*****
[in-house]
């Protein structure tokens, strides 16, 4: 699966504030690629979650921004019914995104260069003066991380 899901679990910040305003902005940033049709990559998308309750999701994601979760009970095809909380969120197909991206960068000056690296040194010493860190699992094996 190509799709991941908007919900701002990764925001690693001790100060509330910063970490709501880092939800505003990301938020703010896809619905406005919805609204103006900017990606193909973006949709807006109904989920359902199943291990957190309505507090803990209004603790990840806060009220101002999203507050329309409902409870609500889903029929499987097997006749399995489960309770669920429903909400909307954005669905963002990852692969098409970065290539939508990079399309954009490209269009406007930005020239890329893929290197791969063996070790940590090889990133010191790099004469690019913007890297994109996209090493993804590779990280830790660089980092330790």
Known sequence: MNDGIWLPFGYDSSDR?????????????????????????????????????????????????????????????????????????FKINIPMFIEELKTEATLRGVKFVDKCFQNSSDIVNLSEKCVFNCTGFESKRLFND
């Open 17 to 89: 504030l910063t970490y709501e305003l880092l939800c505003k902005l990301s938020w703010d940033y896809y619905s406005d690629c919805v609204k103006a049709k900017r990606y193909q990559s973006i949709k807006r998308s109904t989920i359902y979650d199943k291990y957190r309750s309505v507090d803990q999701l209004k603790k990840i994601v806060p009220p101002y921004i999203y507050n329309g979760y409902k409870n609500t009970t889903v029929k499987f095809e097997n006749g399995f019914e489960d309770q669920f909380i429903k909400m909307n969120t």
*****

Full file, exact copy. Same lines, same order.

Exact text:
[in-house]
């Protein structure tokens, strides 16, 4: 699966504030690629979650921004019914995104260069003066991380 899901679990910040305003902005940033049709990559998308309750999701994601979760009970095809909380969120197909991206960068000056690296040194010493860190699992094996 190509799709991941908007919900701002990764925001690693001790100060509330910063970490709501880092939800505003990301938020703010896809619905406005919805609204103006900017990606193909973006949709807006109904989920359902199943291990957190309505507090803990209004603790990840806060009220101002999203507050329309409902409870609500889903029929499987097997006749399995489960309770669920429903909400909307954005669905963002990852692969098409970065290539939508990079399309954009490209269009406007930005020239890329893929290197791969063996070790940590090889990133010191790099004469690019913007890297994109996209090493993804590779990280830790660089980092330790």
Known sequence: MNDGIWLPFGYDSSDR?????????????????????????????????????????????????????????????????????????FKINIPMFIEELKTEATLRGVKFVDKCFQNSSDIVNLSEKCVFNCTGFESKRLFND
């Open 17 to 89: 504030l910063t970490y709501e305003l880092l939800c505003k902005l990301s938020w703010d940033y896809y619905s406005d690629c919805v609204k103006a049709k900017r990606y193909q990559s973006i949709k807006r998308s109904t989920i359902y979650d199943k291990y957190r309750s309505v507090d803990q999701l209004k603790k990840i994601v806060p009220p101002y921004i999203y507050n329309g979760y409902k409870n609500t009970t889903v029929k499987f095809e097997n006749g399995f019914e489960d309770q669920f909380i429903k909400m909307n969120t």